THE OLD LEOPOLD HOTEL 

A multimedia, investigative piece on one of Bellingham's oldest structures. 

BY HAILEY J HOFFMAN

Completed as capstone project for the Western Washington University Honors College Program in conjunction with the Journalism department, overseen by Assistant Professor Joe Gosen.

 
 

THE LEOPOLD IN 2019

In April 2019, it was announced that the old Leopold Hotel would reopen its doors to long-term tenants and short-term ones, doubling as an apartment residency and hotel.

 

The Leopold Apartments, housed in the 1929 tower, have 61 studio, one-bedroom and two-bedroom units for lease, starting in June 2019 through Daylight Properties. The year-long leases include access to a big-screen theater room, a laundry room and three fitness rooms.

 

With one-bedrooms starting at $1,400 a month and two-bedrooms at $2,100 a month, future tenants will have beautiful views of downtown Bellingham and the bay and a full kitchen, if they’re lucky. Many apartments will come “equipped with a hotplate and convention oven,” according to the Daylight Properties website.

 

The “annex,” a smaller building added to the main Leopold in 1979, has been converted into a hotel to host short term guests. It will be known as the Hotel Leo.

 

The reopening of this historic building followed the recent closure in March 2019 of the Leopold Retirement Residence, forcing 79 residents to leave their homes. The announcement was made two weeks before Christmas 2018.

 

The following story was written for the Klipsun magazine in the three months following the announcement of the closure of the retirement residence.

 

On a sunny January afternoon, Marlene “Mickey” Spencer, 82, zips around the corkboard floors of her apartment in her red power chair. For the last five-and-a-half years, Mickey has gazed over downtown Bellingham and across the bay from her corner apartment on the ninth floor of the Leopold Retirement Residence.

“This is the best view in town,” Mickey said. “I get the winter sunset here and the summer sunset there.”

The south-facing windows overlook South Hill and Western where her two grandsons attend school. Patches of bright sunlight filter through the soft, white curtains, illuminating piles of psychology books, folded clothes and a few open suitcases. Her large oak dresser stands empty, waiting for her daughter to come pick it up.

Mickey is one of 79 former residents of the Leopold. Just before Christmas, the Leopold announced it would close its doors to the retirees on March 31, 2019. A press release on the Leopold’s website cited rising costs and lowering occupancy for the closure.

“We are a locally-owned business in an old and historic building,” Leopold Executive Director Peter Frazier said in an email. “With a quick and significant loss of occupancy, we decided finally to leave the senior living business to the larger companies and pursue a more sustainable business model.”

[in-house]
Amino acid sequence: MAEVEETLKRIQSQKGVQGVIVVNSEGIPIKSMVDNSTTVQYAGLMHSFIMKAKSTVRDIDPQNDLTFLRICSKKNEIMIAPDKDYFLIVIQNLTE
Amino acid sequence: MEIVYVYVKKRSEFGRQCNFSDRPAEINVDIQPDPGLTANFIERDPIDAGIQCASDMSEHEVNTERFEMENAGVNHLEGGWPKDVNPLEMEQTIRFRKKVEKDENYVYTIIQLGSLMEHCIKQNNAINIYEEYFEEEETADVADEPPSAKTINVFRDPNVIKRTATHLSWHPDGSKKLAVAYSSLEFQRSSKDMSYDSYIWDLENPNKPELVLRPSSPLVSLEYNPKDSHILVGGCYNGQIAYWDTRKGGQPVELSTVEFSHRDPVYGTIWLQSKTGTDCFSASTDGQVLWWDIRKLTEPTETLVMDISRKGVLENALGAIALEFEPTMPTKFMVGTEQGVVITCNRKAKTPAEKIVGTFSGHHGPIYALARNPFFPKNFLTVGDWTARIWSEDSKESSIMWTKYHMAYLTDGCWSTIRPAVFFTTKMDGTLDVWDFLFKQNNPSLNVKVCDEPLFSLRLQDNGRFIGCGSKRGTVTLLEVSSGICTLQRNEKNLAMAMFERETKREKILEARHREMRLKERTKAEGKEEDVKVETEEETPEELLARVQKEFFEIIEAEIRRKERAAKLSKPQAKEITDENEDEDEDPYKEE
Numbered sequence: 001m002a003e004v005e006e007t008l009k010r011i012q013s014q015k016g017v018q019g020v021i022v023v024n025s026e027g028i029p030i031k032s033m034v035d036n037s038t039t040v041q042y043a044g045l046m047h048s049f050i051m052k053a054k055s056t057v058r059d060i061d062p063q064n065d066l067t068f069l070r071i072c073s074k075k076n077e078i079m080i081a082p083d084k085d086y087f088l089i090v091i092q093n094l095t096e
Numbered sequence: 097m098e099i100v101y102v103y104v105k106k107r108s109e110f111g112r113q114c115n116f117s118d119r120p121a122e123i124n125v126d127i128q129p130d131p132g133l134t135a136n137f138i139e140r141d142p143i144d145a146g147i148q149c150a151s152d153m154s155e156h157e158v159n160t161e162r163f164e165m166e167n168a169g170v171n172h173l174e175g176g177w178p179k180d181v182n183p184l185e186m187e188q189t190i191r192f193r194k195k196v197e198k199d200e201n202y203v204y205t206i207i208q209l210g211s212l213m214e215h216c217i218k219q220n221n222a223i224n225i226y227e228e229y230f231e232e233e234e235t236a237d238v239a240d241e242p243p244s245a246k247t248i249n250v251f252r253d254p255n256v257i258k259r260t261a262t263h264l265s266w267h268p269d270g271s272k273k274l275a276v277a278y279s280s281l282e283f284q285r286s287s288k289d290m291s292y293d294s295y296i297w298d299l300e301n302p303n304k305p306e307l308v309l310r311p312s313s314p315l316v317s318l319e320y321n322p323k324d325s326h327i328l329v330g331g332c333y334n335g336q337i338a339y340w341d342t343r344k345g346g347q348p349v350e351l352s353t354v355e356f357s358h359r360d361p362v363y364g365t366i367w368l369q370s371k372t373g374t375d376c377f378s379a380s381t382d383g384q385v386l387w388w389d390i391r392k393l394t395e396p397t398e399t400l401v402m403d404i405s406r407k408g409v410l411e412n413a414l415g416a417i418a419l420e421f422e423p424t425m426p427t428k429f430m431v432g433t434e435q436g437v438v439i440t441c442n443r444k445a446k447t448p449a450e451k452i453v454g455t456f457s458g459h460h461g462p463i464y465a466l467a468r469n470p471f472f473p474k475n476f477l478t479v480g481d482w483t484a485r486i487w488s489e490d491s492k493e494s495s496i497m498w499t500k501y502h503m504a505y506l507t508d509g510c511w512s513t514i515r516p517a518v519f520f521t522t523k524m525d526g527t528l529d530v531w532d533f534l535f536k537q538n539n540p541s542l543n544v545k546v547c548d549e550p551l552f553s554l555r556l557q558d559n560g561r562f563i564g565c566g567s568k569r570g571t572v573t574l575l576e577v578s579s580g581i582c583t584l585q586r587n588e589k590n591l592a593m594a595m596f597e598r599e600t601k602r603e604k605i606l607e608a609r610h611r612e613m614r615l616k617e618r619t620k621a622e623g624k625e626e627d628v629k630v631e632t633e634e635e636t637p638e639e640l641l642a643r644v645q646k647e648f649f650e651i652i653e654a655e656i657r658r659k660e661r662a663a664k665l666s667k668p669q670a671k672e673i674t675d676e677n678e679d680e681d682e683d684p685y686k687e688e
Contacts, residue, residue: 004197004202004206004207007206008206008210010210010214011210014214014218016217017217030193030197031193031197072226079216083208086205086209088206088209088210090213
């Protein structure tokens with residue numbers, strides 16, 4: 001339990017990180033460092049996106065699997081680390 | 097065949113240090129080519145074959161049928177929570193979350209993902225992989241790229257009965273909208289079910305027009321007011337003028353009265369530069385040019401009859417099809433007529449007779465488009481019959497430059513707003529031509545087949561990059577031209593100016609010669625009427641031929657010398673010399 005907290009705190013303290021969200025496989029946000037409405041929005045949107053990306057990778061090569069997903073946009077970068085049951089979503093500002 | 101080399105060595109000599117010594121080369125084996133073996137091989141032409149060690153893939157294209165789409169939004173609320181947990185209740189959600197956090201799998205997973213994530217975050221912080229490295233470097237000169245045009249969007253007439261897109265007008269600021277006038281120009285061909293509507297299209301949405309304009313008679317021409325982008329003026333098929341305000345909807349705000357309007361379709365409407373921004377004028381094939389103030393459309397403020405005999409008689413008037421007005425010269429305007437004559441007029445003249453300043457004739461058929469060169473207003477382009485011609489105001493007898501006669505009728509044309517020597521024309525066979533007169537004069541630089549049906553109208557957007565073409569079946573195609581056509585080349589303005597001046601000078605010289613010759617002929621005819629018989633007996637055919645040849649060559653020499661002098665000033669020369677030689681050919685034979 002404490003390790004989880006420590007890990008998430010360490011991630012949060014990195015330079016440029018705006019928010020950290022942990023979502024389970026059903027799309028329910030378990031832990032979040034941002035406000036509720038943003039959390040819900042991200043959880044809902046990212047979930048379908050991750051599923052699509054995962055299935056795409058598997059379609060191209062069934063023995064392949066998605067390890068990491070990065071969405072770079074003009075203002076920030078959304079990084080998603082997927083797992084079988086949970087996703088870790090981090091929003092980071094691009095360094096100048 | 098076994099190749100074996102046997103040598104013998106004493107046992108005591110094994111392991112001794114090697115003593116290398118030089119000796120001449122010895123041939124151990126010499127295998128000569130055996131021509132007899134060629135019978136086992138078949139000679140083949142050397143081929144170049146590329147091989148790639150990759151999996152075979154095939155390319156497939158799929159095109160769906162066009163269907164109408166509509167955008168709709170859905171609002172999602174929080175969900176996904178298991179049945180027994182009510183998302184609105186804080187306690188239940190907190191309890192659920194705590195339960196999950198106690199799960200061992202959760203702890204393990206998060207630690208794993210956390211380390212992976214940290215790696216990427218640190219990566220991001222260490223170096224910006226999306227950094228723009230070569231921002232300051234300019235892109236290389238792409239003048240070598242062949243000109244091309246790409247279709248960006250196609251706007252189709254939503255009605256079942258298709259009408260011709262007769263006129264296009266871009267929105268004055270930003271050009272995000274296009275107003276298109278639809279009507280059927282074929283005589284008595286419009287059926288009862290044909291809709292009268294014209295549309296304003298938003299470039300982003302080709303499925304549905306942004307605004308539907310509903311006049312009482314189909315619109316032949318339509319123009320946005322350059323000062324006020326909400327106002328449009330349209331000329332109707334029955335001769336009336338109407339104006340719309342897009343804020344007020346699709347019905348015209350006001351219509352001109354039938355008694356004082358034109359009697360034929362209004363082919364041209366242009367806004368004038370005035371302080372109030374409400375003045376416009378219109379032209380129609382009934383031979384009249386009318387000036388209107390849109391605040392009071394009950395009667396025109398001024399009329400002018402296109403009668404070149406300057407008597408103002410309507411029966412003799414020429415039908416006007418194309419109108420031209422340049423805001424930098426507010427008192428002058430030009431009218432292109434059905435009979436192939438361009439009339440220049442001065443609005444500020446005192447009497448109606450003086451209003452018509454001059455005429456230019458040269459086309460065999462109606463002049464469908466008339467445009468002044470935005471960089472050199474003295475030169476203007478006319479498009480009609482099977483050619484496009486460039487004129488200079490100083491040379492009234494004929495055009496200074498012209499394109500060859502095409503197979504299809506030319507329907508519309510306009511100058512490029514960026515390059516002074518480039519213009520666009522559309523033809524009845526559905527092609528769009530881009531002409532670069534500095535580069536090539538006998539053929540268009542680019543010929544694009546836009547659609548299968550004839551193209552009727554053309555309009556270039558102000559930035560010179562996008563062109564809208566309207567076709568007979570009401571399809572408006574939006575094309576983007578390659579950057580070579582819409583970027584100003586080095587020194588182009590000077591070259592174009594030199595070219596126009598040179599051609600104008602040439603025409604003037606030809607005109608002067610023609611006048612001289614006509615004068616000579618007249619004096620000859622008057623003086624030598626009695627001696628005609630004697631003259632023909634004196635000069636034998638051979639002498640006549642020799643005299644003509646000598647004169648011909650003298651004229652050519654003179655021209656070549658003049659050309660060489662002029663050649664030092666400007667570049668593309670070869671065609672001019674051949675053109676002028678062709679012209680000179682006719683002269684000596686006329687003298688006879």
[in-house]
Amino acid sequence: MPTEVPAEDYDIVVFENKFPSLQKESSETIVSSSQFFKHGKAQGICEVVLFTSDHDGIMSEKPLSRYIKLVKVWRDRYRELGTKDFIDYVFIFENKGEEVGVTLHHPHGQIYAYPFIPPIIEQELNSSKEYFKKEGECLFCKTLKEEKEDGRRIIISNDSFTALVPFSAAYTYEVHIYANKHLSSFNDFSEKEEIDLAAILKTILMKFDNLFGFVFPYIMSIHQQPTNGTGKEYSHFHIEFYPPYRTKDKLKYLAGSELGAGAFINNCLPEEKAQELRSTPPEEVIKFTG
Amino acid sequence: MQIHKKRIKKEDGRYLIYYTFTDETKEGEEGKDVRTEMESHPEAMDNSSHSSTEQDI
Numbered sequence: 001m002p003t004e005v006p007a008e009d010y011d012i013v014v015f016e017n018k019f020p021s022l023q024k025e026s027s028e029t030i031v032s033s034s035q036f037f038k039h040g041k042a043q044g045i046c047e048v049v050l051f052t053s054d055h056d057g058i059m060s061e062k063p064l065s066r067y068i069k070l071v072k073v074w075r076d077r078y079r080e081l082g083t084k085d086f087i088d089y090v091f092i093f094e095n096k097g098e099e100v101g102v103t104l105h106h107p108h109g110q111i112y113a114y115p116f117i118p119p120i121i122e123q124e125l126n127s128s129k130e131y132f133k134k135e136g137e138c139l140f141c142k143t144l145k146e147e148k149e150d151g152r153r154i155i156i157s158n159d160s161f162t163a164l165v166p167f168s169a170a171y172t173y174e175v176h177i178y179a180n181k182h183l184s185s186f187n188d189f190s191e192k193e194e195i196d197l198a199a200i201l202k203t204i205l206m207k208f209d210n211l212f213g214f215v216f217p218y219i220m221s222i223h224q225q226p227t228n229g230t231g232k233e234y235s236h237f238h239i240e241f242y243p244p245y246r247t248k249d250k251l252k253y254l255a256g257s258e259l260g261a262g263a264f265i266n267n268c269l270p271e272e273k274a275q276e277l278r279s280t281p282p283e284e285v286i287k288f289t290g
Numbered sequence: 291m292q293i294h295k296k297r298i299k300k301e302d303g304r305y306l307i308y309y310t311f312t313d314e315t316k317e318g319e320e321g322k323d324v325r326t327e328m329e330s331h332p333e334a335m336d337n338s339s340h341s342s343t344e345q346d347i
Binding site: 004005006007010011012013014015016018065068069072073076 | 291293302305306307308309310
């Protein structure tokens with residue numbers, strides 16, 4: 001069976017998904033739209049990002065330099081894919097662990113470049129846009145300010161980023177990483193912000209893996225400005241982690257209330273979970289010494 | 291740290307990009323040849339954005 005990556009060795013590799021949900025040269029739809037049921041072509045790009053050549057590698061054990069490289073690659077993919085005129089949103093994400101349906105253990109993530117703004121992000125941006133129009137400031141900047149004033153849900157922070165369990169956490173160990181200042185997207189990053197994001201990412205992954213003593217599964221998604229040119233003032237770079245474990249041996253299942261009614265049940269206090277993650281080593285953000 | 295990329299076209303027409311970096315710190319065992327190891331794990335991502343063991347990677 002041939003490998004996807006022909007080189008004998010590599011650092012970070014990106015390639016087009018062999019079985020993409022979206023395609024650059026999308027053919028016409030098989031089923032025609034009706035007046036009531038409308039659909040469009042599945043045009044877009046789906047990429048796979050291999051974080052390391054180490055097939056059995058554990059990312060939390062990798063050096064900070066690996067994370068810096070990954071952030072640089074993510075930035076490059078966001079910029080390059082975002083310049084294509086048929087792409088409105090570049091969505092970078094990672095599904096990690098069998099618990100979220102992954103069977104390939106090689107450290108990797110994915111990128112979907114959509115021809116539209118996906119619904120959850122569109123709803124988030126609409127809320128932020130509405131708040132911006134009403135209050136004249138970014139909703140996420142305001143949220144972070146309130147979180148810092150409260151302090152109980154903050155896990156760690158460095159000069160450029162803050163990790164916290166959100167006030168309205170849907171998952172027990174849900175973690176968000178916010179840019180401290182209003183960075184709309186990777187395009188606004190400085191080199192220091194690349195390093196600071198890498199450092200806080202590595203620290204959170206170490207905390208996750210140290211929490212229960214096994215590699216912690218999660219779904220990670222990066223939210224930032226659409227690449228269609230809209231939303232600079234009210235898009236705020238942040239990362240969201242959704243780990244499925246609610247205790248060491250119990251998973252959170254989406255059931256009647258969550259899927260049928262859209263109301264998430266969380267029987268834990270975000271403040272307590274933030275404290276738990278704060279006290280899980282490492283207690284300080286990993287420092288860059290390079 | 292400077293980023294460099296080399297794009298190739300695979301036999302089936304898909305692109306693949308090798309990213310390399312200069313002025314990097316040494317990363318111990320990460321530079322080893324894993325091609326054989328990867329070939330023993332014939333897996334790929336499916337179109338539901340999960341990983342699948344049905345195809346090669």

Shock, anger and sadness spread through the residents of the Leopold as they planned their next step to find their future home.

“I plan on staying until the 31st of March,” Mickey said.

LIFE AT THE LEOPOLD

In 2013, Mickey moved into the Leopold. Like many other residents, she was attracted to the central location downtown. It gave her the freedom to walk to different shops or easily hop on a WTA bus for a ride around town.

 

The building itself is a 1929 addition to the original Leopold Hotel Josiah Bryon first opened in 1899. After many years of changing hands, the building was restored in 1979, revealing the original hand-painted tiles, the interior fountain and the classic beauty of the building. In 1982, it was added to the National Register of Historic Places. And in 1985, it opened its doors to the over-55 community of Bellingham as the Leopold Retirement Residence.

In 2006, David Johnston and Bob Hall of Clearstory Investments bought the Leopold and continued its operations. The pair also own the Bellingham Herald building, the Heliotrope Hotel and the Bellingham National Bank building.

Retirees enjoyed their afternoons lounging around the lobby during coffee hour, chatting with other community members or competing in rounds of Wii Bowling. Residents shared meals in the Chandelier Room, where notables like former U.S. President William H. Taft and explorer Richard Byrd once dined.

On the first Wednesday of every month, the Leopold hosted dances open to the community, where residents waltzed beneath the iconic crystal chandeliers.

As much as 17 percent of Americans 50 years and older experience social isolation, according to an AARP Foundation study.

Residents of the Leopold were given memberships to the Pickford Theatre, the Kulshan Community Land Trust, the YMCA and many other local organizations to keep them active in the community. The Leopold marketed itself as a place where residents could “age in place.” According to the CDC, aging in place refers to the ability of an elderly person to continue to live in their community independently and safely.